Newspaper Archive of
The Issaquah Press
Issaquah, Washington
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December 31, 1986     The Issaquah Press
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December 31, 1986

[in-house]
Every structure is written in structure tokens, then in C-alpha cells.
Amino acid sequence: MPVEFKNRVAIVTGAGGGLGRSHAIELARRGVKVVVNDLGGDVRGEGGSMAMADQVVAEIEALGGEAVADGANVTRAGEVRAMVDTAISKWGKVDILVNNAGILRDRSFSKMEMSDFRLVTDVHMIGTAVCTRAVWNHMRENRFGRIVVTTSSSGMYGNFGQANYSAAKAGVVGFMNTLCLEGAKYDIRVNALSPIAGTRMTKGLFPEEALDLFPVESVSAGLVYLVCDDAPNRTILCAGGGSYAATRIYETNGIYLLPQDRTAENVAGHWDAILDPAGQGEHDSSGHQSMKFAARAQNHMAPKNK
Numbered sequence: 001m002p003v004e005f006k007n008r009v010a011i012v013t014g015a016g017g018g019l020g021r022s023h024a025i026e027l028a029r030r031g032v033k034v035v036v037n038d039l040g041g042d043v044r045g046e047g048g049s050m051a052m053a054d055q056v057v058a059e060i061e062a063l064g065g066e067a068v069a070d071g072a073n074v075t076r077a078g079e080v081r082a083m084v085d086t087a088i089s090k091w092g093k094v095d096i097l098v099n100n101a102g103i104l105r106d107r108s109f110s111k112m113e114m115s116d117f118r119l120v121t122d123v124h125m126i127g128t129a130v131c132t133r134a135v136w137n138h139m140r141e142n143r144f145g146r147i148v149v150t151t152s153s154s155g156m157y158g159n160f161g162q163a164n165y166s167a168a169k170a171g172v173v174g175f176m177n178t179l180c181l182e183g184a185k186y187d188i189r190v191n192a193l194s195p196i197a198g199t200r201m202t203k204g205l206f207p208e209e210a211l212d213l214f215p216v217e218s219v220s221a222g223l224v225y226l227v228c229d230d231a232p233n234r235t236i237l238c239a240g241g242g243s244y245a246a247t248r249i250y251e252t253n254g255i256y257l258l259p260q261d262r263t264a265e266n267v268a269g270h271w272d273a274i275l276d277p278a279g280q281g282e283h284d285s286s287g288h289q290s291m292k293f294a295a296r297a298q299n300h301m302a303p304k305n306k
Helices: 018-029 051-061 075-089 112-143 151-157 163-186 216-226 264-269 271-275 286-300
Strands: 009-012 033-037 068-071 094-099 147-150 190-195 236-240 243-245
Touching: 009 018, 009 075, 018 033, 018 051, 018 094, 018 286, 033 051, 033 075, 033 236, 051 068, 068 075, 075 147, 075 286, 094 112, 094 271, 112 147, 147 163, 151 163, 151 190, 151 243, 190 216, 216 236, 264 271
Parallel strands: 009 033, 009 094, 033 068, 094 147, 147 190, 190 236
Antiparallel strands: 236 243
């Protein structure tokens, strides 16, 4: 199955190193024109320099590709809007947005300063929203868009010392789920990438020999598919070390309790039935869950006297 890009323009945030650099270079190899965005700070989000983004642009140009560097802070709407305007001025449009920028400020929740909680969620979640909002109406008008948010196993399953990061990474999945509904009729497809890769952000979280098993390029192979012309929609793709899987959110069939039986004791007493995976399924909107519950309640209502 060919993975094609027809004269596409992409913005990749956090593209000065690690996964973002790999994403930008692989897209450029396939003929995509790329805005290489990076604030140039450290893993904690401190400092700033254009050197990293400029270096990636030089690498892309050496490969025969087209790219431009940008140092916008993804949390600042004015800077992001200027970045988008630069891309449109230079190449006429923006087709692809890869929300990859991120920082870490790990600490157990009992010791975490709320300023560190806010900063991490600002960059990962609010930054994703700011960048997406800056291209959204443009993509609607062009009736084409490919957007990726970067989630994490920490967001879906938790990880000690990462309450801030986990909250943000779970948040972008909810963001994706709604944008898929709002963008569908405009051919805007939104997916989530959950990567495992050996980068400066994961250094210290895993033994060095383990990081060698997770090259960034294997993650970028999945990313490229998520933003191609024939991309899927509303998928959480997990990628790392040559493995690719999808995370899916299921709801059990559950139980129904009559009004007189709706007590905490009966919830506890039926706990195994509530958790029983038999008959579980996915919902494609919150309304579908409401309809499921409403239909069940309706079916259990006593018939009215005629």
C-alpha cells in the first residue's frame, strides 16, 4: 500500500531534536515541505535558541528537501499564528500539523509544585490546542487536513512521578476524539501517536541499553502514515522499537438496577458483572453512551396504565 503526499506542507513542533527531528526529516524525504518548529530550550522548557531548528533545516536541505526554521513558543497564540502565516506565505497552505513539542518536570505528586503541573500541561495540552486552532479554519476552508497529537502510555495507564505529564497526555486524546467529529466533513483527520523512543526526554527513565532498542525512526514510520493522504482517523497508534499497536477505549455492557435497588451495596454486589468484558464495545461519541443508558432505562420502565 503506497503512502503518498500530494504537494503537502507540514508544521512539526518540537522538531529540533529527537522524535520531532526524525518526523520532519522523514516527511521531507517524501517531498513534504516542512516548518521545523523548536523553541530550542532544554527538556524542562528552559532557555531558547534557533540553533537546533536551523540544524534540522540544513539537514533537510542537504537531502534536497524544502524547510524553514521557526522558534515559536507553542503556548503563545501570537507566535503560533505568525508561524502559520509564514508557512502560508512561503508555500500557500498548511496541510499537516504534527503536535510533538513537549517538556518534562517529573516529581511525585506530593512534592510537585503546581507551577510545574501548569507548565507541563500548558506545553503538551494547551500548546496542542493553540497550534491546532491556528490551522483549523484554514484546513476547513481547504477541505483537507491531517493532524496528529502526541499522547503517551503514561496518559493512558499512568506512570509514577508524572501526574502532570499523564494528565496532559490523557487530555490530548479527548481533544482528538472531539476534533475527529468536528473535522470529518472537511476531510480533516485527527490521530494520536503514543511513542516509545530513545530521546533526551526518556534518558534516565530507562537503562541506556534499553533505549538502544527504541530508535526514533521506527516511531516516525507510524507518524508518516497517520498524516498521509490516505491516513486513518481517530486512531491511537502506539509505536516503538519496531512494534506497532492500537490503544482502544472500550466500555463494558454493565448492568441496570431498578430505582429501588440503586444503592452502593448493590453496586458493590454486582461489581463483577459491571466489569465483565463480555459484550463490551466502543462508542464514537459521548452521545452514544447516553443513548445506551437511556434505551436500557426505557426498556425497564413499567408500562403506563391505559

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The Issaquah Press, December 31, 1986 - Page 5 ..... q ,,,, Sunny Hills,, PTA offe.rs I South End  /i "i",i; MayValley'MapleHills.Briarwood '-"1 -''-'r" par=ntlng series Roxaine-, y ,ue"noIJs ,Z,.3,.3 30)/rtr tr.tr ,r The Sunny Hills Elemen- tary School PTA will present Kiwanis throws CEI party s noon Issaquah Kiwanis Club threw its annual Christmas party for Community Enterprise Inc. (CEI) workers 19. The club presented every CEI trainee with a gift sweatshirt emblazoned with the Kiwanis logo on one side the CEI logo on the other. CEI members were entertained by the Kiwanis Men's Choir singing several Christmas |slections. Food was provided by the Issaquah Burger King and manager Paul Dwyer. Party arrangements were made by qwanis Citizenship Committee member Brian Lawson (seated left) and fellow Kiwanian Jack Mihok. SO'me CEI trainees lttending the party were Ken Dougharty (standing behind Lawson), Bill Kerrigan and Scott Cromwell (standing to the right of the tree), Jonl Salin and John Nakies (seated right). :n in 1961 n the Issa J , the Issa- Grangeibut service to continue while war goes on Order off Group W Cable TV franchise expires, operating our system and not precipitating a thing." At one time, the city of- fered to purchase the system from Group W for about $1 million. The deal fell through. Then, the city started studying the possibili- ty of building an Issaquah- owned system. That, too, is on hold pending the Sacramento decision, Culver said. "We're going to wait and see. If we build a system now, it will cost more than $1 million," he said. So, for the time being, everything is status quo, Marshall said. TCI does not intend to disrupt service here. "Obviously it would not be in the customer's best in- terest. We have a reputation as being a reputable com- pany. The city is the one who refuses to yield on the rate thing aad we won't abdicate our legal rights." r. Most aed a red aeard for light Issa- his othe laus. linar :ounselor [ McBride tt you can' minimize dldren ex- result of Another volley has been fired by the city in the war 3ver who will provide cable lelevision service to Issa- lUah. On the lastest front, the ci- :Y has refused to grant its :onsent to the sale of current :able TV supplier Group W :0 TCI Inc. Without that :Onsent, Group W is in viola- :ion of its franchise agree- ent with Issaquah. To try and keep within the franchise agreement, TCI ap- the city with the agreement said Marshall, TCI division "The city said because they said franchise was already Because of bad between the sides in issue, lssaquah has not Group W's fran- which is up in about a Since 1984, lssaquah and Natural Helpers go on retreat Maywood Middle School will hold its third annual Natural Helper Retreat on January 15, 16 and 17 at Camp Gilead in Carnation. Thirty students and ten teachers will receive training in developing relationships, communication skills, deci- sion making, and knowing your limits The program is based on the idea that within every school, an informal helping network exists. Students with problems seek out other students and staff members whom they trust. Natural Helpers makes use of the ex- isting network and provides training for the trusted helpers. Maywood Middle School PTSA is seeking nominations of people who have given ser- vice to the school and com- munity. The annual Golden Acorn Award will be presented to the selected in- dividual at the Issaquah School District PTA Council Founders Day program. Recommendations should be sent to Pat Stacy, PTSA Golden Acorn Awards Chairman by January 16. Apollo Elementary School PTA Board has scheduled its January 8 meeting for 7 p.m. Apollo Elementary School is recruiting volunteers to receive training to help children in the computer lab or classrooms. Telephone the school at 255-7800 to sign up. It * * $ * Liberty High School senior Ernest Evans was recently honored by Issaquah Rotary Club for his achievement in math. Evans has plans to become a computer systems analyst. Liberty High School Drill Team finished first in its category at the Seattle Super- sonics All-State Drill and Dance Team Invitational. In addition, the team earned se- cond overall for drill teams, and received the highest superior rating for its per- formance. The girls then had the honor of performing for the Sonics basketball game intermission. Liberty will host an invitational meet at the school January 30. Liberty High School PTSA and Booster Club are gather- ing donations for their 2nd annual dinner and auction in the spring. Donations of any salable item or services are welcome. Volunteer helpers will be needed with both the auction and the dinner preparation and serving. Call 226-5624 or 271-0297. New Year's party planned on P,ateau Celebrate New Year's Eve on the Pine Lake Plateau at the Pine Lake Community Center. Music will be provid- ed by disc jockey Richard Tucker. Dance to the music of the 60s, 70s and the 80s. Ice, popcorn, coffee and par- ty favors will be provided. People should bring their donation to the Pine Lake Community Club, a non- profit organization, celebrat- ing 50 years of service to the Pine Lake Plateau communi- ty. The cost is $15 per couple. Reserve tables by calling 392- 2549. The event lasts from 8 p.m. until 12:30 a.m. 1987, own drinks. C?, weather permitting. The Pine Door pri and lottery..  Lake Community Center is aL tickets will be'raffled for a $5 21333 S.E. 20th. its "Partners in Parenting" program during three even- ings in January. On January 5, Margarita Suarez, a local counselor, will discuss childhood stress and self-esteem. On January 12, columnist and lecturer Jennifer James will discuss "the big load parents carry and how to ease it." The final evening of the series will be a live performance of the Taproot Theatre in "Say No, Max," an adventure story for children that addresses such themes as peer pressure, self-esteem and learnin to Group W have been at odds because federal laws changed eliminating local controls over rates charged by cable providers. Because Issaquah is in a valley, and it can't get decent television reception without cable, it wants assurances that Group W will charge what the city requests. TC1 stands firm behind its right to regulate what it charges in town. TCI has of- fered, however to never charge more in Issaquah than it charges other communities in the Puget Sound region. "From my point of view, this latest move is just posturing on the city's part -- legal maneuvering to try and get the system away from us," Marshall said. Issaquah Mayor A.J. Culver agrees somewhat with Marshall's assessment of the situation. "It's a way to for- mallytell them that we do not cbncur,with the sale. It's to give us some leverage in negotiating a position," he said. But Culver concedes, "We are really at a loss on what to do. It is a tremendous cost to step out on the legal bat- tlefield." For that reason, city at- torneys are closely watching a Sacramento, California case that deals with precisely the same situation as in Issa- quah. "We have to be very careful. We can look at it in a rational way and be careful not to get carried away." Getting carried away would be telling TCI to leave and then facing a lawsuit, he said. With the way past negotia- tions have gone, however, Marshall said litigation will most likely determine the outcome. "My opinion is that this will ultimately be decided in a court of law. This whole thing was brought on by the city. ' We're just say "no" to alcohol-and drugs. Performances will be at 6 p.m. and 7:30 p.m. January 26. Tickets for all three even- ings combined are $12.50 and children are admitted free to the Taproot Theatre produc- tion with a paying adult. For tickets or information call Jennifer Fields at 392-2617. .... A lesson in big .,Jerry 8ml's mo_gaers at Sunset Elementary are dwarfed by their,class project, a tyrannosaurus rex craft d from v squine and strapping tape. The students parents, under WaL]we- g -- A.S.C. (HYPNOSIS)WORKS' The Issaquah Press is the direction of the teacher, made the Imaginary creature so the children could get a delivered by mail. No paper- realistic idea of just how big dinosaurs were. This one measured 20 feet high and 50 feet n FRATERNITY END YOUR PHOBIA OR ALLERGY boys to deal with. fromnosetotalI.Thestudentswereimpressed."mhlsisrad,,,saldone. SNOQUALMIE NOW! t/-I1',\\;\ ,Intensive short term therapy/brings 'r. "The alternative family resort" I(  }|1 permanent results 1=  ..t] ,Includes most behavior modification Gloria's A Private Nudist Park s,,d,';/ and health problems. Hallmark Shop P.O. BOX 985 SEATTLE.WA. 98111  " COMBINED THERAPEUTICS l175N.W. Gilman Blvd. 392-NUDE q 11 NOW IN ISSAQUAH tt-s tS'/l" 392-0604 _____3 illl 499 Rainier Blvd. S. 'l'1410 ,=:,  !i,,,=; Q U ALITY PET CA R E SI N C E 1971 Open All Night o, Er THECENTER" 453-8888 392-8888 New Year's WEIGHT-LOSS NewYear'sove !:i Law )=tT dinner will be i::!: Offices 'lm served Wed. Dec. 31st o Lounge Open Until 2 AM !!i DEDICATED TO SERVING ALL OF till 11 p.m. i!i YOUR LEGAL NEEDS Well Drinks $1.00 ..:.: :: Estate Planning New Year's Eve .., ] Reservations iil !;_) Requested:392-8614 iil Annual Will Update o Ham & Chicken  I iii 405N.W. Gilman Blvd. Suite 201 719 N. IN. Gilman Blvd, Issaquah ;!! ;ssaquah, WA 98027 392-2490 With All The Trimmings :': :::::::.::::::::::::::::::::::..::::::..:::::::::::::::::.:::.:.:::.:...:::.:.:.:>..:.:.::.:.:.:.::::..:.:.:::.:...::::.:.:.: All You Can Eat Buffet , Steak & Shrimp '995 It ,d ' . Dinner for Two  .FIF   I 1-1erltageSquare UntilFebruary 10, 1987 $ll   T= Issaquah, Washingtmt AFTER ]00ARTY BREAKFAST "Shopatthe 0 Served 12 Midnight Until 11 AM  Store with the al you ... v--... New Year's Day  Eagle on the Door!" Breakfast/Brunch Bar, Only $3.99 Reg. $4.49. Save 50 with this coupon. 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